The Verb in Biblical Hebrew
Most Recent Work
Timex and Verb Associations in Biblical Hebrew
This repository contains jupyter notebooks related to my research on verbal tense/aspect in Biblical Hebrew.
I am interested in approaching this question at the intersection between syntax and semantics—that is, the point at which formal structure and semantics coincide.
A lot of research has been generated on the question of the semantic role for the Biblical Hebrew verb. Little research, however, has approached the question from a computational perspective that keeps in view both questions of structure (position within clause, clause hierarchies, etc.) AND questions of semantics (classifications of words, the effect of combining certain word classes). Tense/Aspect research has to involve both levels: structural and semantic.
Both syntactical and semantic approaches have weaknesses. Purely syntactical methods have two specific problems: 1) By treating semantics as secondary, these approaches do not address the semantic presuppositions that occur when they analyze their specimens. It is impossible to know that a given substantive is the subject of a verb of movement without knowing that it is a living entity (world knowledge). Or, to use a non-functional category, it is impossible to know the boundaries of a phrase(atom) or clause(atom) without knowing the semantic meaning of the words. This highlights a second weakness, that 2) purely syntactic approaches require human augmentation to identify sense units. In other words, a human operator tags elements as "Time" phrases, "Subj" phrases; or, a human identifies something as a participant in conversation with a computer script (as in ongoing research in participant tracking). Without these identifications, structural data is just numbers or grids on a screen—it means nothing on its own. Thus, while purely syntactic methods require semantics, they do not specify explicitly how semantic knowledge is derived.
Semantic methods fail to account for the importance of syntax in narrowing or extending the semantic range of a given term. Polysemy in language functions through the extension of terms through other elements in a clause. A term might mean "dog," a small furry mammal, on its own. But then it is used metaphorically in reference to a living human, "Bill...that dog!" where "there" refers backwards to "Bill" and identifies him as a "dog." In this case, the syntax is key! Other examples are the various meanings Hebrew verbs can assume with different prepositions (as in other languages). Limitations on the textual level, too, might limit or extend the sense. For instance, in a narrative which is based in a hospital, "doctor" has a different sense than the term as used in a story about a university (there could be a professor who walks into a hospital! But in that case, there would probably be an additional modifier for the person earlier in the narrative). Syntax and discourse structure cannot be ignored in establishing the semantic content of a word.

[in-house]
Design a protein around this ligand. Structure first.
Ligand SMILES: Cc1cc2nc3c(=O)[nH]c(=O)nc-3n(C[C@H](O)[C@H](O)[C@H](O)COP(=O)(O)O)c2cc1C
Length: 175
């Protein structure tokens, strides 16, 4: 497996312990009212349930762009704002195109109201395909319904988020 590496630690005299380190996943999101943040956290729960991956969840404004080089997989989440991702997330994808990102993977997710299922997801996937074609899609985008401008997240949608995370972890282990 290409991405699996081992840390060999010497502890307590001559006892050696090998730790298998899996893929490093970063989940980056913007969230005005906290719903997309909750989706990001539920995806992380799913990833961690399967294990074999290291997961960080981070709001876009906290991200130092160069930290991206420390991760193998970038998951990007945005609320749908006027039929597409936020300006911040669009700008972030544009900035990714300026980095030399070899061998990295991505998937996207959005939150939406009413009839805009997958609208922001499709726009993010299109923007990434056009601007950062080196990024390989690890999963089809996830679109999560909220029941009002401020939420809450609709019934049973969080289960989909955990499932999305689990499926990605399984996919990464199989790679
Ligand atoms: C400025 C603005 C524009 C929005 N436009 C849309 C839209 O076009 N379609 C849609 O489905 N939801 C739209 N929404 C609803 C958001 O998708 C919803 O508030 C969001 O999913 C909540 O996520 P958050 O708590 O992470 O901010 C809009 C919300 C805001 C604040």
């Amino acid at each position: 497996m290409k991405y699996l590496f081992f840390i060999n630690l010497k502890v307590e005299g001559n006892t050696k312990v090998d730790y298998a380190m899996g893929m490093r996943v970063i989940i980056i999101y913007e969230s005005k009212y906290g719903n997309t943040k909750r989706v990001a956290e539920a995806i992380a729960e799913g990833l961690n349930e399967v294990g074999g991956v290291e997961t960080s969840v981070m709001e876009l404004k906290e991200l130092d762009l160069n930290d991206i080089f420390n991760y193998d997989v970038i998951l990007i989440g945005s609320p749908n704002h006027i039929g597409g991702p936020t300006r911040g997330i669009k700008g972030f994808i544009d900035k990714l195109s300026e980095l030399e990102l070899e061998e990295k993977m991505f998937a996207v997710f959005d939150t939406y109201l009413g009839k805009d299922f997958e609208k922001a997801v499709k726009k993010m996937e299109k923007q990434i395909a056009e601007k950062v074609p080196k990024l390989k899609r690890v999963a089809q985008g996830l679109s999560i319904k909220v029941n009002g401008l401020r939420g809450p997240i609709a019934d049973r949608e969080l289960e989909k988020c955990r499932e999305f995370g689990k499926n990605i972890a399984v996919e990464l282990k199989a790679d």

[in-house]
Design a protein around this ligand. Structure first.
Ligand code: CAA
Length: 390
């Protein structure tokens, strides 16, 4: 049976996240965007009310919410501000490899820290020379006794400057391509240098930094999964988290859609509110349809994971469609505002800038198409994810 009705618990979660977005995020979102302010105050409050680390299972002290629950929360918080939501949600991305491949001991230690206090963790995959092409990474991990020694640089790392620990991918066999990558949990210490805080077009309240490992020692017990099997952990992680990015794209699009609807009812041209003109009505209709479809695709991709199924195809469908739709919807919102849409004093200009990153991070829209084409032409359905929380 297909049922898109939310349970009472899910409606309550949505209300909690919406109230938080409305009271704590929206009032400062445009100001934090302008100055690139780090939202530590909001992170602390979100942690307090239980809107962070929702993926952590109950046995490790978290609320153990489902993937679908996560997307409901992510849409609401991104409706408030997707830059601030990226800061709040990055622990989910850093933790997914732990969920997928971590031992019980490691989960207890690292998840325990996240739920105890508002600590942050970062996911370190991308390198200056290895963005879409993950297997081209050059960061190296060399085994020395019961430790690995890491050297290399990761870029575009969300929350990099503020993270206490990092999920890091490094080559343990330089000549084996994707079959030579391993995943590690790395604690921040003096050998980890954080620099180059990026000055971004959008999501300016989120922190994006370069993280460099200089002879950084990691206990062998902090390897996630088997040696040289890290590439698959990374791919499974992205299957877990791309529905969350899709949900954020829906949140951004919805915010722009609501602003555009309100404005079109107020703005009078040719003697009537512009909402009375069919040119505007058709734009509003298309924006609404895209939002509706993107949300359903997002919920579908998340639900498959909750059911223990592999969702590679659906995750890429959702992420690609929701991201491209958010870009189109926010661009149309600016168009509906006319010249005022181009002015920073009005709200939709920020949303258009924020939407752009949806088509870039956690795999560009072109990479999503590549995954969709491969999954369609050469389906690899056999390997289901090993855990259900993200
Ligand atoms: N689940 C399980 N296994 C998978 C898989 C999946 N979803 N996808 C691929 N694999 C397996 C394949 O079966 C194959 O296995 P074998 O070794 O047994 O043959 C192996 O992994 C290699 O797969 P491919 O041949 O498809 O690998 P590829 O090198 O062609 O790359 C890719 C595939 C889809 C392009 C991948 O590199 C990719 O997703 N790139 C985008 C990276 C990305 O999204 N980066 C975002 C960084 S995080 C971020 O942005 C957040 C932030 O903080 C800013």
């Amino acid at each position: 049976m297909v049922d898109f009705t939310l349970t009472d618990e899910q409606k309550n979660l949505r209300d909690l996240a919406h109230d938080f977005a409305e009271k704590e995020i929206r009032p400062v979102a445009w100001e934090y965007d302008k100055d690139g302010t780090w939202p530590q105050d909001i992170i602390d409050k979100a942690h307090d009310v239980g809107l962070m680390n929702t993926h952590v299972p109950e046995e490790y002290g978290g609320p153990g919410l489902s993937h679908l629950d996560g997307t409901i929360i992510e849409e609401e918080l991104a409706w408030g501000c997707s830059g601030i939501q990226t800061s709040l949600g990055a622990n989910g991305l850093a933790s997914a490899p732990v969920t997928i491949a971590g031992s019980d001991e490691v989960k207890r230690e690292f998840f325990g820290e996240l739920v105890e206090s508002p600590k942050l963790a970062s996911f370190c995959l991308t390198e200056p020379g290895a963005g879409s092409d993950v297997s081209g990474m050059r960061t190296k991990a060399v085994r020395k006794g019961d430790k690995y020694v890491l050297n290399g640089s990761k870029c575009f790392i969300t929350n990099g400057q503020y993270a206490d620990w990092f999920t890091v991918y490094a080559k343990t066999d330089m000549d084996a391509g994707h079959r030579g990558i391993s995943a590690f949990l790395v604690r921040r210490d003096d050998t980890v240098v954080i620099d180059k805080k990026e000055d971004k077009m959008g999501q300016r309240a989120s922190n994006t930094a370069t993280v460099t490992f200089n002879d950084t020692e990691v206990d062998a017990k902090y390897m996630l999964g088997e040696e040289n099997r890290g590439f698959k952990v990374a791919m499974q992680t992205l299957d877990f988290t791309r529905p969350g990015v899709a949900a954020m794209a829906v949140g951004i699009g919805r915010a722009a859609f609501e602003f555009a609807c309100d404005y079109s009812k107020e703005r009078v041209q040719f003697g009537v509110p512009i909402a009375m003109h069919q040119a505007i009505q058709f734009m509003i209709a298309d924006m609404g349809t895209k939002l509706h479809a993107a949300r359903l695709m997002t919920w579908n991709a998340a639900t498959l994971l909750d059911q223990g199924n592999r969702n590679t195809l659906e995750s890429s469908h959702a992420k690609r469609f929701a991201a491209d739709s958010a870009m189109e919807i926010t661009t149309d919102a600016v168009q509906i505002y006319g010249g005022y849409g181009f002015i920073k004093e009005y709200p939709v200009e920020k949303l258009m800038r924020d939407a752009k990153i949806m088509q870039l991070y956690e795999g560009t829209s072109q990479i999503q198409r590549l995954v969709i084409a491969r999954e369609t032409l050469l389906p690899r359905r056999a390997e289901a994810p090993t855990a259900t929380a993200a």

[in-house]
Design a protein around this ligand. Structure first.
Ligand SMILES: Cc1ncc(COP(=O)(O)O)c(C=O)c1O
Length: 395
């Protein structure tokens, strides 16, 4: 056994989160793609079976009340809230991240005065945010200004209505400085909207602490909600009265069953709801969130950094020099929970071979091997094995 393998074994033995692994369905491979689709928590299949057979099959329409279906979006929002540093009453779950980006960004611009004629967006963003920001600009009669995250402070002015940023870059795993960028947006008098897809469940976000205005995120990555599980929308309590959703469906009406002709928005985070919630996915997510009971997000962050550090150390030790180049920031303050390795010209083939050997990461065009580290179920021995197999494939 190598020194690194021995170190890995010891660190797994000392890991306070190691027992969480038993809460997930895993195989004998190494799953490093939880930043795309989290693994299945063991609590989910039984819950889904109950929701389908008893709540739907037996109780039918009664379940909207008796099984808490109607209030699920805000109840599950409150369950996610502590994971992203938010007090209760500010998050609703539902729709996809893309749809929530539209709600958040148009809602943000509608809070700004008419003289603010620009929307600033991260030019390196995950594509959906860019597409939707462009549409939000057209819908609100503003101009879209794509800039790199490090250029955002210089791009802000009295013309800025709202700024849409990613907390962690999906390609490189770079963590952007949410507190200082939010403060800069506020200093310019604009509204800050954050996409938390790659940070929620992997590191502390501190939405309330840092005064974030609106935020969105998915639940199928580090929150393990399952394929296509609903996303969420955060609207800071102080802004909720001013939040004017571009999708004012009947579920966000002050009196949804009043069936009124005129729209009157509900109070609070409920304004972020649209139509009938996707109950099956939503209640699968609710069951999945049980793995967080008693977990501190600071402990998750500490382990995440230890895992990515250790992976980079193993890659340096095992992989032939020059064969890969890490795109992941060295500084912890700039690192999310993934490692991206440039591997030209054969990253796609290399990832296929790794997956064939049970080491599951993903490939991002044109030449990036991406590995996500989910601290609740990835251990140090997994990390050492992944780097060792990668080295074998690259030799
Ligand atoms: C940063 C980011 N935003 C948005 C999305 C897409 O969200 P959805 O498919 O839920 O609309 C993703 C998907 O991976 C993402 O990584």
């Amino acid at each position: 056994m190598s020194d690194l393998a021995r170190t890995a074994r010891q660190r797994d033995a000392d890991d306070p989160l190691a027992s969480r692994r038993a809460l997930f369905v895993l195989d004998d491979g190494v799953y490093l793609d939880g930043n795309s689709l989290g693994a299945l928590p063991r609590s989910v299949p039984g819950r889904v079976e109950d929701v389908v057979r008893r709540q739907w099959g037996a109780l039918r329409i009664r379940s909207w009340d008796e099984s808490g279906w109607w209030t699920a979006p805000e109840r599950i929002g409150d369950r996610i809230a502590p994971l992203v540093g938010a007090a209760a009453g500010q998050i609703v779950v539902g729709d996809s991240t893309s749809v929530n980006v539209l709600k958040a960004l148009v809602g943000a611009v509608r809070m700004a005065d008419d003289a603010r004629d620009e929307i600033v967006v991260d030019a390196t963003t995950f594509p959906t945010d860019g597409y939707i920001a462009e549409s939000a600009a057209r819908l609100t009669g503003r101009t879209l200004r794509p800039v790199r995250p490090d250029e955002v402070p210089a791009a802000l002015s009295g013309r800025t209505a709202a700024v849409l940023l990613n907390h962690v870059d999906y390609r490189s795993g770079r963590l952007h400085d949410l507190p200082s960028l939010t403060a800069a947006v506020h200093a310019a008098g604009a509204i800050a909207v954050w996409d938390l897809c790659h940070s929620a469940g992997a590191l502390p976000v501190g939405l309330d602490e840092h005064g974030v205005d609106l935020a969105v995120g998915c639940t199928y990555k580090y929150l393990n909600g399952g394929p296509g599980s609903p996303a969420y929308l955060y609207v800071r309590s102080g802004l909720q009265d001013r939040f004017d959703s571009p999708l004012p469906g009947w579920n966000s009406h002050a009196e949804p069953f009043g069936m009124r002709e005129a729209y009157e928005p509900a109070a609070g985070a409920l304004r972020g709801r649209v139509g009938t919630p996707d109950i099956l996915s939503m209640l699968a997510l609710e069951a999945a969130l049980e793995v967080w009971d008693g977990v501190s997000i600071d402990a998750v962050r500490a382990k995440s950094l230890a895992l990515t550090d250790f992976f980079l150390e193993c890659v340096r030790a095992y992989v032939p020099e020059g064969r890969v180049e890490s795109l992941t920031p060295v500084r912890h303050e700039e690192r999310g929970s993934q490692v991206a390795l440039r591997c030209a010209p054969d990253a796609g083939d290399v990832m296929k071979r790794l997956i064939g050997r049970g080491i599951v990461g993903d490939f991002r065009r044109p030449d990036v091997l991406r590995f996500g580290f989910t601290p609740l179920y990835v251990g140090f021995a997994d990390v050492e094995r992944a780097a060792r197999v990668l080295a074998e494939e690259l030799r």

With the entire Hebrew Bible encoded syntactically in the
BHSA (ETCBC) database, and with data processing tools like Python and R, these kinds of questions can be probed by computationally categorizing data based on its use, its occurrence within the clause/text, and subtle patterns encoded in the language itself.
Here are a few initial research questions this entails:
- What kinds of syntactic structures can be used to generate word-relation ("semantic") data? (e.g. Snow, Jurafsky, Ng, "Learning Syntactic Patterns for Automatic Hypernym Discovery" or Hearst, "Automatic Acquisition of Hyponyms from Large Text Corpora")
- What kinds of time markers occur alongside verb forms? (assumes a categorical classification of time indicators)
- How does the distribution of verb forms within certain discourse structures affect the distribution of other verb forms?
- [to be continued!]